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In the town, the walk follows a raised footpath above the stream. This path is known as the Lynch. On one side, less than a metre below the path, is the fast flowing water of an old leat that once fed the Town Mill. On the other is an unprotected drop of about 4 metres to the stream bed. It is unusual to encounter a fall from height risk such as this in an urban area, unless there are significant historic factors to take into consideration - such as at York City Walls or Berwick Ramparts. There may be similar reasons here, but they are less apparent. From one direction of approach, the hazard is reasonably obvious; from the other, not at all so. Conventionally, the land owner/manager is in a less vulnerable position if he/she has considered the risk and benefits, and recorded the rationale for the lack of edge protection in such a situation, assuming edge protection is neither reasonable nor practicable nor considered necessary given the extent of the risk. An image exists on the web of virtually the same location in 1892, with the drop equally unprotected [for copyright reasons, it cannot be shown here, but you can see it if you wish at www.francisfrith.com/lyme-regis/photos/the-lynch-1892_31311/. It seems reasonable to assume that there has been little or no accident history over the years.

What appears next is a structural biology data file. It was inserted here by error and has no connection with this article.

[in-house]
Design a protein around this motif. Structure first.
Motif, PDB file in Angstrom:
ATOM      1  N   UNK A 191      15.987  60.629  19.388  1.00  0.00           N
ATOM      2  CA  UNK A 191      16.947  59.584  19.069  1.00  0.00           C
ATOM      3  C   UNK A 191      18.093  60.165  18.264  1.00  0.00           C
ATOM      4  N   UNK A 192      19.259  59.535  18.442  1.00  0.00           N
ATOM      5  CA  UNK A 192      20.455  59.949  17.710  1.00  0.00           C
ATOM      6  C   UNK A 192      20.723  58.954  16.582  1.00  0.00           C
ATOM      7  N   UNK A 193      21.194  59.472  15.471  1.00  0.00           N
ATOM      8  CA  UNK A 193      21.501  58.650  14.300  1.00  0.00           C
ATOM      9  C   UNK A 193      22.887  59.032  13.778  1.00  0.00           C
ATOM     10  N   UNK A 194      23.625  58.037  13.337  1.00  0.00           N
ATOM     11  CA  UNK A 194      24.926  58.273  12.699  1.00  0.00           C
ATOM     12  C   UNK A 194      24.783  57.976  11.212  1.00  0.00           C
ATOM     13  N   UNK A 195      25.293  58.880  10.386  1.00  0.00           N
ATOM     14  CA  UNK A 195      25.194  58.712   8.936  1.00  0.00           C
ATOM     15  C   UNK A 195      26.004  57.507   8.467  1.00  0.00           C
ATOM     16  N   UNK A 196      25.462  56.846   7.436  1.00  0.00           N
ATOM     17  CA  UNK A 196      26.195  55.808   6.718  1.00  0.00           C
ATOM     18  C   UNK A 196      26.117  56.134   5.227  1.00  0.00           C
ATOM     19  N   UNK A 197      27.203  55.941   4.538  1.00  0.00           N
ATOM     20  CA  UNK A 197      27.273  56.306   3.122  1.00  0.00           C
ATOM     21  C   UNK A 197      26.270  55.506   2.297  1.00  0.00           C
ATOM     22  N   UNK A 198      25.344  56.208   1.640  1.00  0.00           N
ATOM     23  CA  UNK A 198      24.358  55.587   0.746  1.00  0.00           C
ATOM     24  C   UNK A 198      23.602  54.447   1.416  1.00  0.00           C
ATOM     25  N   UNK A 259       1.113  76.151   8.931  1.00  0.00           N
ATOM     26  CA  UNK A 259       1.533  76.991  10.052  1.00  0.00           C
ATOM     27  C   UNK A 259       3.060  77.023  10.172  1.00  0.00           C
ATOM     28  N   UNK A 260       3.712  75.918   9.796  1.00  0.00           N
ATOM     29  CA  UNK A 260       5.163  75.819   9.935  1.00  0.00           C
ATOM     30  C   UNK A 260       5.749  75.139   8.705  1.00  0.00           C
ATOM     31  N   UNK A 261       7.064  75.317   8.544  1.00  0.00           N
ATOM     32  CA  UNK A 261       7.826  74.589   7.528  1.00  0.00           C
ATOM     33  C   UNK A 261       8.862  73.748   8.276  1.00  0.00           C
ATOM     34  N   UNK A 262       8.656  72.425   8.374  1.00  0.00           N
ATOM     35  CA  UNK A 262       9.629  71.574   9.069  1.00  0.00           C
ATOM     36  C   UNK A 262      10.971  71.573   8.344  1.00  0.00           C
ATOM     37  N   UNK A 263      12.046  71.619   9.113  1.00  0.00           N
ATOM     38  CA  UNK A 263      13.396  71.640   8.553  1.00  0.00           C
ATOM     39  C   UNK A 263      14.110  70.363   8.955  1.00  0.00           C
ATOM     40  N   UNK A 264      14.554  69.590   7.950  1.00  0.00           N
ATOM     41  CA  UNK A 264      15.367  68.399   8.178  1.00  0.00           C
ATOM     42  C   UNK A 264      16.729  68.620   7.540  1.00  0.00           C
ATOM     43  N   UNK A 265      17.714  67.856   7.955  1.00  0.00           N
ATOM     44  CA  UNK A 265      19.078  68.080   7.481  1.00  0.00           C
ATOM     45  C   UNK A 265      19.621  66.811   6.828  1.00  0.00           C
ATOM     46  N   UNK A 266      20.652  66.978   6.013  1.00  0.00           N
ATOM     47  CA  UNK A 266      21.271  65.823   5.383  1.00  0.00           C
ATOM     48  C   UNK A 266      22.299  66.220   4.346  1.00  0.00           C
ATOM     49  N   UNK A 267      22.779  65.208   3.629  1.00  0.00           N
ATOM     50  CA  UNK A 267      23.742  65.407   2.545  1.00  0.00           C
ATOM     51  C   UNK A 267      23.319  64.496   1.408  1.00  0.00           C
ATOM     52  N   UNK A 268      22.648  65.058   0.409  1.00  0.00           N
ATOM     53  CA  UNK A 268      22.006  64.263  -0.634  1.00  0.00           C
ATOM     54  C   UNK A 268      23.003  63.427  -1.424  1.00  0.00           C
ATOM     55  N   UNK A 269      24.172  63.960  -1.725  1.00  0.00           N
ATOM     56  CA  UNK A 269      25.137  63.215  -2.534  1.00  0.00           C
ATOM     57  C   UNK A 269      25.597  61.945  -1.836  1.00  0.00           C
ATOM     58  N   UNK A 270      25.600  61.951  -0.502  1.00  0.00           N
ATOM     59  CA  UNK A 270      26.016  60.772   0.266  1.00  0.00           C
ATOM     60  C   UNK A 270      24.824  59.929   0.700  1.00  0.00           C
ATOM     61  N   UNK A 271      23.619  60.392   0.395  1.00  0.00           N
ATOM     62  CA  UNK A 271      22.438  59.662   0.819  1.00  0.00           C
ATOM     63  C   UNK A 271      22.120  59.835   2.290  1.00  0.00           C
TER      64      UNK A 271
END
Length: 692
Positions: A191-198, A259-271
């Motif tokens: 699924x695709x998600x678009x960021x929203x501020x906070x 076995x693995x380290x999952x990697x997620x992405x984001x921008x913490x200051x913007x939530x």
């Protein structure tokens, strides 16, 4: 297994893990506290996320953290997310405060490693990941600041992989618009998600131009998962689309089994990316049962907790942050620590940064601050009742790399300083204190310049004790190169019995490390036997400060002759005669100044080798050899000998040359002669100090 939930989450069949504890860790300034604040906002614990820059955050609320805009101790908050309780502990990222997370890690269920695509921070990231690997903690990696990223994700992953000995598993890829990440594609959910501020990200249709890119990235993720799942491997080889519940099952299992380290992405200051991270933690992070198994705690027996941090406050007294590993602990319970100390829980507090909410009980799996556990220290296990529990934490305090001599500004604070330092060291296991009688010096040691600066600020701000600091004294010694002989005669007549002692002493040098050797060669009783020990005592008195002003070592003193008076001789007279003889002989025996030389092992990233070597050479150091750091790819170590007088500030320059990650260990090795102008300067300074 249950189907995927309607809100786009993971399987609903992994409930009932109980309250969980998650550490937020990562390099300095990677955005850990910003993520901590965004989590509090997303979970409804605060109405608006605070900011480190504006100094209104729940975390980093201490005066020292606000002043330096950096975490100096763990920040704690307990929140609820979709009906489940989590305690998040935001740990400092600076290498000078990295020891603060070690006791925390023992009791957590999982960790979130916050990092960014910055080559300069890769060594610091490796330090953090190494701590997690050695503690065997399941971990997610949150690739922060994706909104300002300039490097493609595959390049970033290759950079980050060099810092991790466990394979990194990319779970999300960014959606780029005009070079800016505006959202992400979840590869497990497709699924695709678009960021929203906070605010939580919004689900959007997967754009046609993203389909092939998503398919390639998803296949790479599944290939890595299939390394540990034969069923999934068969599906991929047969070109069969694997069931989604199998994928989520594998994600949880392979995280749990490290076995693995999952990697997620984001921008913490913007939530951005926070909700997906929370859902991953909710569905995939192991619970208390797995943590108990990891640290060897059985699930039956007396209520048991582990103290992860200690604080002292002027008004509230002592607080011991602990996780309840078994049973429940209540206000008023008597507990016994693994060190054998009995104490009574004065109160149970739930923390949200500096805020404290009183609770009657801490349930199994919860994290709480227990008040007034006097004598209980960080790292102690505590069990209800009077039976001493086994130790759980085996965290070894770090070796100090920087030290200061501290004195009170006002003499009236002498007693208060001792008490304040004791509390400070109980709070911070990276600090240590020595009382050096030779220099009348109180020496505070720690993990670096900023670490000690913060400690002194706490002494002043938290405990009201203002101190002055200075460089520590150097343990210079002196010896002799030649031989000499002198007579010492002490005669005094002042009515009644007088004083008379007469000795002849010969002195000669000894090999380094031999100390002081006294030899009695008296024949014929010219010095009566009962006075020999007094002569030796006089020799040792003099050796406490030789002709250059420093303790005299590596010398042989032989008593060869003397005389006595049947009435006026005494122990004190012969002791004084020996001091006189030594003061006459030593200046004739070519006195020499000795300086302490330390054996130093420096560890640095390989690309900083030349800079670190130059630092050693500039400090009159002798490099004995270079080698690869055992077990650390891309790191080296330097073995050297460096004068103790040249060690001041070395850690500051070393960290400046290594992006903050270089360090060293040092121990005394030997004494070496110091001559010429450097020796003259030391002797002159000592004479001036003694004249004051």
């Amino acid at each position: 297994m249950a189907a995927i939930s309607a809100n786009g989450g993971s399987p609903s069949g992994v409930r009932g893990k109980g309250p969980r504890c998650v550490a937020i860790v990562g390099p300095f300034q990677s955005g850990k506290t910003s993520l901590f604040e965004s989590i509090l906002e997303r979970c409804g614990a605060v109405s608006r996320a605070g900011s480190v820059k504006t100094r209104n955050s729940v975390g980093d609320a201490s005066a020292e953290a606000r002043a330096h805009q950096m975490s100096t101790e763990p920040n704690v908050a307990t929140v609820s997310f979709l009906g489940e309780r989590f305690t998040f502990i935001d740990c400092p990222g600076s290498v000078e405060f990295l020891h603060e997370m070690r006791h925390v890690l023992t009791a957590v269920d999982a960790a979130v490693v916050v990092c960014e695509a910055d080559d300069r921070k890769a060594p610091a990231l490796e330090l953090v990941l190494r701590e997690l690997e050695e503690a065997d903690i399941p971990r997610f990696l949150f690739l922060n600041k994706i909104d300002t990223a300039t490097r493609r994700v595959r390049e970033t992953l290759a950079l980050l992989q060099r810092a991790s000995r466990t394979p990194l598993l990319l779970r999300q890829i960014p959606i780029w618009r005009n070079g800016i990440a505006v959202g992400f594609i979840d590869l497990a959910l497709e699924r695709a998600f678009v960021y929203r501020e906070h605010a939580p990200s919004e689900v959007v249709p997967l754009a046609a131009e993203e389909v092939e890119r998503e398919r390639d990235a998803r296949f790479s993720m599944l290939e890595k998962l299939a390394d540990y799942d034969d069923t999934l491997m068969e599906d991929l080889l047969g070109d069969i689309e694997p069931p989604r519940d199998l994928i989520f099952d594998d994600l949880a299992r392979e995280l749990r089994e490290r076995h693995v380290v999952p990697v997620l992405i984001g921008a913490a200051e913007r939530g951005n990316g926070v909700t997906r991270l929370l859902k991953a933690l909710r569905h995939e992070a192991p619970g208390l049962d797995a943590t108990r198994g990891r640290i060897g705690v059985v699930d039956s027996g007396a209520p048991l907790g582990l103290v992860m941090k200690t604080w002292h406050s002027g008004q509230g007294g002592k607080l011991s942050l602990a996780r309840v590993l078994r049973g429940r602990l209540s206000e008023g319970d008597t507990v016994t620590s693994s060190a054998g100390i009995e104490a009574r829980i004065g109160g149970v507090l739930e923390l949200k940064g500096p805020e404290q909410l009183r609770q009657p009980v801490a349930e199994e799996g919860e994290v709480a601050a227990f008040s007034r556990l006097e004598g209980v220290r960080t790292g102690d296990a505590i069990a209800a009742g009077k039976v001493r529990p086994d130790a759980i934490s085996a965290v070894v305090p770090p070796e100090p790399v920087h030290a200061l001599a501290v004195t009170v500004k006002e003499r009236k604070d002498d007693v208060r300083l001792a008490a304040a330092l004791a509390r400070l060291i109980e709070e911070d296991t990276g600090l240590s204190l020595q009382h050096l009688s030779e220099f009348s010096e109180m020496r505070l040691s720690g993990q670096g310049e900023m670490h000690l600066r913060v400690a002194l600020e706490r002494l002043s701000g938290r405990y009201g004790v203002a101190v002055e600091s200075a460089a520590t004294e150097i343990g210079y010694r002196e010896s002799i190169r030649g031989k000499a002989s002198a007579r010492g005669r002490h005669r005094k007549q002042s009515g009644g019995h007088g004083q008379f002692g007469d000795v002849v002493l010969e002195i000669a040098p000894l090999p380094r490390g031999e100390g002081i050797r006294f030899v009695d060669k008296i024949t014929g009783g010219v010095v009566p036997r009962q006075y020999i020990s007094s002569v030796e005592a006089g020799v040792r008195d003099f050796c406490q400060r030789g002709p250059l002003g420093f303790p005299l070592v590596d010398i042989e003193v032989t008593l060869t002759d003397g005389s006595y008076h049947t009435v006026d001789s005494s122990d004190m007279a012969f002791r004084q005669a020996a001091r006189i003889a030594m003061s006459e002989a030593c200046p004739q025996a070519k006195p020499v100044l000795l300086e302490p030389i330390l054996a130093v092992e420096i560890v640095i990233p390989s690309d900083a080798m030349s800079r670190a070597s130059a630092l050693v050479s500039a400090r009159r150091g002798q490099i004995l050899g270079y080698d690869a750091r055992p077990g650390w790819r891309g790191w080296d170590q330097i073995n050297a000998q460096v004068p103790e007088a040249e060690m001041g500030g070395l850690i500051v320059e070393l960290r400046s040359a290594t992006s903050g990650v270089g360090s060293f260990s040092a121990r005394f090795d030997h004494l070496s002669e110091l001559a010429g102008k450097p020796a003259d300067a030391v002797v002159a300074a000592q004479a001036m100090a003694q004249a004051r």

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Further on at the western end of the harbour, beyond the amusement halls, fish and chip shops and National Trust retail emporium is the harbour wall of the Cobb, famous in cinematic circles for Meryl Streep's enigmatic performance in The French Lieutenant's Woman, and famous in legal and safety practitioner circles for the decided case of Staples v West Dorset District Council. A summary of the case can be found in the legal chapter of the VSCG publication - "Managing Visitor Safety in the Countryside" - and is quoted here with acknowledgement:
"A visitor to the Cobb, an historic harbour wall at Lyme Regis, slipped and fell off the wall, sustaining injury. The weather was fine but a strong wind and spray were affecting its surface. His original claim was upheld, the judge finding that the Council was at fault for failing to erect a warning sign to tell users of the particular danger of the surface being slippery. The Court of Appeal overturned this judgement, concluding that the risk of the wall being slippery when wet was so obvious that that no duty existed. They also concluded that even if a warning sign had been in place it was unlikely that the claimant would have acted differently. A warning sign was not therefore necessary." [Staples v West Dorset District Council, Court of Appeal, 5 April 1995 PIQR P439].

The photos below are from a previous visit to the Cobb in 2007, and show that despite the court judgement, warning signs were in place at that time.

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